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Combating radicalization

Thursday, June 2, 2016

Queen's University psychologist Wagdy Loza is available to comment on radicalization and efforts to prevent criminal acts by radicalized individuals before they occur. Earlier this week, terrorism-related charges were filed against Ayanle Hassan Ali in the attack on a Toronto Canadian Armed Forces recruiting centre in March. This morning, CBC featured the story of a Toronto couple who have experienced difficulty finding help for their son, who appears to have been radicalized by white supremacist groups. 

"Unless the terrorist related ideologies are thoroughly understood by the majority of the world’s populations, terrorism-related ideologies and attacks will continue," says Dr. Loza. "As this type of terrorism cannot be defeated either by military or by law and order means alone,  it is crucial that counter-recruitment/prevention programs be developed and utilized proactively."

Dr. Loza says that efforts should be made to "innoculate" at-risk youth to the strategies of recruiters, in part by exposing them to and and challenging extreme ideologies in a controlled environment (such as in classrooms as part of a curriculum) as well as educating parents and youth about common recruitment strategies. He says it is important to note that religiously-based programs historically do not work in combating radicalization, and that religious leaders may have difficulty disputing some of the ideologies promoted by extremists/terrorists.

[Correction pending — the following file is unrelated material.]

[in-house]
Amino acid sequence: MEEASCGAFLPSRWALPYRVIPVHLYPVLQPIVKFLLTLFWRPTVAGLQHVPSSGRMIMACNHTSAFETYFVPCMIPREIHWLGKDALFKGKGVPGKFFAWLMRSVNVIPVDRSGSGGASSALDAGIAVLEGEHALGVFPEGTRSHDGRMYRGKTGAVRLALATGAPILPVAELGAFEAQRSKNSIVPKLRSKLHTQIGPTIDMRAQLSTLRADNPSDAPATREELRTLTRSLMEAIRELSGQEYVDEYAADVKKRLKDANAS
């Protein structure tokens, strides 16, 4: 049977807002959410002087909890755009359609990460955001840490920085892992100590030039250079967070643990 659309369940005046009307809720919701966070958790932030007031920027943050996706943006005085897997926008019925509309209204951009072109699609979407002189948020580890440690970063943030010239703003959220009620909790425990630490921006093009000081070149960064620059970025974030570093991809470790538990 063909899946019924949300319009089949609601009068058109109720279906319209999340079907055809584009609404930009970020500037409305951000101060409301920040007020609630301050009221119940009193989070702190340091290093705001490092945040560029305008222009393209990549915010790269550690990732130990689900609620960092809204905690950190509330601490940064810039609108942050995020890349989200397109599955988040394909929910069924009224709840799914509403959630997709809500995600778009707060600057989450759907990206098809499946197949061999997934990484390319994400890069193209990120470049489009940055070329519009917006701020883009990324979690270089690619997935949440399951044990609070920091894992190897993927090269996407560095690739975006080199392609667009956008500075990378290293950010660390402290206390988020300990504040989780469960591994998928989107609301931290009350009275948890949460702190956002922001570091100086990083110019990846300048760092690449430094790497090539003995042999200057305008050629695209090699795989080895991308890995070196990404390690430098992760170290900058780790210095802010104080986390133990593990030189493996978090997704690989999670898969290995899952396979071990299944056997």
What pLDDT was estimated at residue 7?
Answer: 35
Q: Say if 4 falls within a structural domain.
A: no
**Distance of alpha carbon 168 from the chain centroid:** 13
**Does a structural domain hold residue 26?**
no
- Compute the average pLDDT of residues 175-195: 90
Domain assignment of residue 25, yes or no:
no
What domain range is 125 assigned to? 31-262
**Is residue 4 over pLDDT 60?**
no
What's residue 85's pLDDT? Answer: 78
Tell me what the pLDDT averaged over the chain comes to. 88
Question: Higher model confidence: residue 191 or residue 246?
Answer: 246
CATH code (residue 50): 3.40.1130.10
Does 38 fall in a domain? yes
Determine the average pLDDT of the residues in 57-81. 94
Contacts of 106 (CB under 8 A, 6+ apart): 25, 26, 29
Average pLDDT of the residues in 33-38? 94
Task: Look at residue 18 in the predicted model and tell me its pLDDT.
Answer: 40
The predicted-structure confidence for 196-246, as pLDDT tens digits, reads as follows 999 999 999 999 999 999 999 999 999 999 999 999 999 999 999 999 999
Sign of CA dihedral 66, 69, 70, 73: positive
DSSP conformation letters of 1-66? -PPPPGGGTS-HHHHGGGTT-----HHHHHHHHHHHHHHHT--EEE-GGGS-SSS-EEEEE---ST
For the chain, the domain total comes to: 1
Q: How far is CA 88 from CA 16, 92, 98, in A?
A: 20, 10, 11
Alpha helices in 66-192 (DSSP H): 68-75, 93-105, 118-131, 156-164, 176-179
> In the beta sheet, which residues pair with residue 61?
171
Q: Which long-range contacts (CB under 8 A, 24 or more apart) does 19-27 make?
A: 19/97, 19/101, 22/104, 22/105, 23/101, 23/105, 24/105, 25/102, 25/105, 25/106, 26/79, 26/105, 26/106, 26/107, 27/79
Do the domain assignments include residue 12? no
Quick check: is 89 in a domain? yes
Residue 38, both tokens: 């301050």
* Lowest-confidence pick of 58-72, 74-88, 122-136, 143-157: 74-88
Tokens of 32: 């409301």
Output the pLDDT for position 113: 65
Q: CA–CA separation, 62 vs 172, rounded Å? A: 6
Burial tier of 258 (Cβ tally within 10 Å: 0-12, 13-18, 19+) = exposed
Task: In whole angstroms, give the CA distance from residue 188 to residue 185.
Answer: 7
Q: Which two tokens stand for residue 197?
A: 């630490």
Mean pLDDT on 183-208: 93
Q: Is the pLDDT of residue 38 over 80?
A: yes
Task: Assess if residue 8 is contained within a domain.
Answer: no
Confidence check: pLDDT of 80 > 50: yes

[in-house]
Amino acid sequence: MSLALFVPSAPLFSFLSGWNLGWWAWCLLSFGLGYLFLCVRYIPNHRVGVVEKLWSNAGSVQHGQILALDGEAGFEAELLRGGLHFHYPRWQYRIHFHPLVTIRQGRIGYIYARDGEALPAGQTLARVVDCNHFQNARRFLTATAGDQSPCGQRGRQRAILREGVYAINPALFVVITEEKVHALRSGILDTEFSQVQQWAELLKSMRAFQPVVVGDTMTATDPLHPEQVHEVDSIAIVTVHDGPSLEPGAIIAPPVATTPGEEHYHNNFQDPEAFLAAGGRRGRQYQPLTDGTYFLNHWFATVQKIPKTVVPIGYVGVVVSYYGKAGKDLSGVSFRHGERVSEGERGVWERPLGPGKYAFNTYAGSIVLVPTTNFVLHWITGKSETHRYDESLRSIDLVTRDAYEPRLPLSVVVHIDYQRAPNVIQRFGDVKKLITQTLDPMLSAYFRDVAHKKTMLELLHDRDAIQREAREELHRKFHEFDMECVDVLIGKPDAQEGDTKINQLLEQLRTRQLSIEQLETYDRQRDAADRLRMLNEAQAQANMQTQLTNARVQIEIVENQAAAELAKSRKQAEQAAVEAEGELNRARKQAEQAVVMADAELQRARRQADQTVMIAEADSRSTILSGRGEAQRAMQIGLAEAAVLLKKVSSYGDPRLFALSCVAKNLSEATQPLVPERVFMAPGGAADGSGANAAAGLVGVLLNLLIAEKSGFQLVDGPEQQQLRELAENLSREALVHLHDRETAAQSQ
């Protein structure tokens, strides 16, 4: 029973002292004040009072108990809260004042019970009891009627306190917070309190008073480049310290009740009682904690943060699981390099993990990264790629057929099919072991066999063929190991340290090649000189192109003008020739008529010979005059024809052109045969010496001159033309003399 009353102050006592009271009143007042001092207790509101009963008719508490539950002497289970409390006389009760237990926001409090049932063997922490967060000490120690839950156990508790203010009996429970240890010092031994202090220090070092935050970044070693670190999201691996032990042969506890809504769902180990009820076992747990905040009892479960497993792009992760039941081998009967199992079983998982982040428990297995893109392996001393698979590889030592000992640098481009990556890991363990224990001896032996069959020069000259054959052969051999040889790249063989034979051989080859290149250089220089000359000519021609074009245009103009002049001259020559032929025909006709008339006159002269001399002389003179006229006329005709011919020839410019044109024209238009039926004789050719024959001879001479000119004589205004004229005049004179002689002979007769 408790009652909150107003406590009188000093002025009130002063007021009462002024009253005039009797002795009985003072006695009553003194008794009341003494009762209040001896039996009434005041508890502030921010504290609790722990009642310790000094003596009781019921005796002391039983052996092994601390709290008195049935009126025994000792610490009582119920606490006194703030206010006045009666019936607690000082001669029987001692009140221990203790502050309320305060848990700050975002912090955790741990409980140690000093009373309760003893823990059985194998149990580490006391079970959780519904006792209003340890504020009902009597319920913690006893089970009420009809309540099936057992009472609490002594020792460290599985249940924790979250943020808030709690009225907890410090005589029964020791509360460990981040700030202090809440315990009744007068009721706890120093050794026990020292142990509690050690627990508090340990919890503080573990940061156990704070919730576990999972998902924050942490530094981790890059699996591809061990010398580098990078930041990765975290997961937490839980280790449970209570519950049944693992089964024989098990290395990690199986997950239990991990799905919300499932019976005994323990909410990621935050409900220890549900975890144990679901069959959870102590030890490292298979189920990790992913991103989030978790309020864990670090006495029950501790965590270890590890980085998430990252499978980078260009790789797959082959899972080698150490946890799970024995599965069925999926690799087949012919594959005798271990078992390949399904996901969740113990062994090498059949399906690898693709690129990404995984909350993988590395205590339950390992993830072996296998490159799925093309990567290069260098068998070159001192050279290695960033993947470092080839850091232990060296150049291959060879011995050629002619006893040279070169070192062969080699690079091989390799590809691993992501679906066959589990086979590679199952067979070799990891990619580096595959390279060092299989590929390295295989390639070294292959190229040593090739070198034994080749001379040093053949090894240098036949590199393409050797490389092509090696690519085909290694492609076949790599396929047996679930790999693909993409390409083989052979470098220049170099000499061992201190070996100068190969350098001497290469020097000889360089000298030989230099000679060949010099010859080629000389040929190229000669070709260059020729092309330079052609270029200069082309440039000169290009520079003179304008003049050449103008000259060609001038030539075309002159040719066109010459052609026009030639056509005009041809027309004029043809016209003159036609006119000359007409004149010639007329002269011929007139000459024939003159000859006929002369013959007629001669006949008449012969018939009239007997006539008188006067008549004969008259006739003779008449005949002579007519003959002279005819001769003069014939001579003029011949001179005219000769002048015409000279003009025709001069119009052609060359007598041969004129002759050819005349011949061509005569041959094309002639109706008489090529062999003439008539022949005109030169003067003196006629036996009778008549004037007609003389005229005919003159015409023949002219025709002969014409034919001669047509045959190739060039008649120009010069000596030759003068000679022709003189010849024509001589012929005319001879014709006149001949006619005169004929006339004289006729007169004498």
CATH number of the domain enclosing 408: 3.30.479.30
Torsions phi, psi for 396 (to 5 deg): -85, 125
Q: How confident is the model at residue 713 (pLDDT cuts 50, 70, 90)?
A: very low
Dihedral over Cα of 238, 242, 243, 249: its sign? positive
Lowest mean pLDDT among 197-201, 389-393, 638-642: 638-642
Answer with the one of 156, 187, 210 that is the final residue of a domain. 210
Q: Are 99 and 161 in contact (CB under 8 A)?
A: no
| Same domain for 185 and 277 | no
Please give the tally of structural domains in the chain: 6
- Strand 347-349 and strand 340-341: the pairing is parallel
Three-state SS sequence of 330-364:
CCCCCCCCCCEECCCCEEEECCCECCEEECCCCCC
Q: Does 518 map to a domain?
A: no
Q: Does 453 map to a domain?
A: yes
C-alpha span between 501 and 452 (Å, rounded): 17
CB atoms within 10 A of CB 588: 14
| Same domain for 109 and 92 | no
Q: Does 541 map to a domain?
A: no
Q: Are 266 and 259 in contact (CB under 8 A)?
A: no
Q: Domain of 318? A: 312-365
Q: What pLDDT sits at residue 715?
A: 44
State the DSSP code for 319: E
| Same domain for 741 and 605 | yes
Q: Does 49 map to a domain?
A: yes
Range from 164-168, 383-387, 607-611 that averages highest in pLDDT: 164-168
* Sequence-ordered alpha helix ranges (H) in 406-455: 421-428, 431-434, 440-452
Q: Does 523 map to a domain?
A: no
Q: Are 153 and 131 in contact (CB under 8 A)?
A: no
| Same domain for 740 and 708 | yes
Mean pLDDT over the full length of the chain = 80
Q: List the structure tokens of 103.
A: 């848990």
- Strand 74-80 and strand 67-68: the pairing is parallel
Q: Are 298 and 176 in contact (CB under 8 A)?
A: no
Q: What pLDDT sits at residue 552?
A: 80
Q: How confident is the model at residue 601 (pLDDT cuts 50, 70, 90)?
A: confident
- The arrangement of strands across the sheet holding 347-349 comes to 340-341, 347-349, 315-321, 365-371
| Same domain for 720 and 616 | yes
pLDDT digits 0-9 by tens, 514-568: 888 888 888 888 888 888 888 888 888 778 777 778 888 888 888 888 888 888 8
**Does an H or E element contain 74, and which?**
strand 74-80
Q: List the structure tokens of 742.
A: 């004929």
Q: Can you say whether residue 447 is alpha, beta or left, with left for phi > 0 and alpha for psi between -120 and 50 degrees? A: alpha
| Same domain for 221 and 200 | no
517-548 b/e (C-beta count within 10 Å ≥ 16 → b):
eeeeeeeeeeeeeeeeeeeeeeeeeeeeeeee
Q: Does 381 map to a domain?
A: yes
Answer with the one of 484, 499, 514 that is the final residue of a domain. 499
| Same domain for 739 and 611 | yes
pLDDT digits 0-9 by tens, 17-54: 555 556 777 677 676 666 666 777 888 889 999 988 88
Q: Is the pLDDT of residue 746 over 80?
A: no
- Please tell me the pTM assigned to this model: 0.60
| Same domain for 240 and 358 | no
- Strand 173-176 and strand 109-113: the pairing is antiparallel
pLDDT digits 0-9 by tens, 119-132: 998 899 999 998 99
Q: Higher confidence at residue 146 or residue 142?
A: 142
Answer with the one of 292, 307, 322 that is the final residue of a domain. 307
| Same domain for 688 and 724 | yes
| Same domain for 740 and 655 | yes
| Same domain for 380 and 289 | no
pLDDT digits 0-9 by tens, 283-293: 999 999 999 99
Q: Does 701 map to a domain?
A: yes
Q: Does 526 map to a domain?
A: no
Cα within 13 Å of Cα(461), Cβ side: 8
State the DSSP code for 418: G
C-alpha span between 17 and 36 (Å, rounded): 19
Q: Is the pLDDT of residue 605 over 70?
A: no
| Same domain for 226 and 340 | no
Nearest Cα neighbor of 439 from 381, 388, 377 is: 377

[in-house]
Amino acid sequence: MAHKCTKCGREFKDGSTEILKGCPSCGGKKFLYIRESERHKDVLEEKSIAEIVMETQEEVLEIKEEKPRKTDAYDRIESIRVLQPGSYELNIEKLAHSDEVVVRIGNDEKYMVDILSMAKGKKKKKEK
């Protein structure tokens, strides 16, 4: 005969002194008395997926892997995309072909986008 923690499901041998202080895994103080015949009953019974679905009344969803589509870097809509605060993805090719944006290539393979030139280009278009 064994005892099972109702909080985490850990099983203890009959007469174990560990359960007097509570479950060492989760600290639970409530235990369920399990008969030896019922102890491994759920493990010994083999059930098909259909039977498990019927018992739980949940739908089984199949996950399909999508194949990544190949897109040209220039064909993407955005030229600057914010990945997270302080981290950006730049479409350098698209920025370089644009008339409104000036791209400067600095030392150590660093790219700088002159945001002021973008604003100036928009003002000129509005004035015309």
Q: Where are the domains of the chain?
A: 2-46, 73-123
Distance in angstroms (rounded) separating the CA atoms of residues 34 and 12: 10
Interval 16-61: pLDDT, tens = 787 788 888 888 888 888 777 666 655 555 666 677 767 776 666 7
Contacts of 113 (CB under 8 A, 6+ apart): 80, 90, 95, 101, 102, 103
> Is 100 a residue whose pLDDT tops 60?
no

Dr. Wagdy Loza is a professor of psychology and psychiatry at Queen's University. He served as the Chair of the section on Extremism/Terrorism of the Canadian Psychological association and is currently a member of the Ontario Review Board. Dr. Loza is involved in research about radicalization and completing risk/need assessments for incarcerated offenders. 

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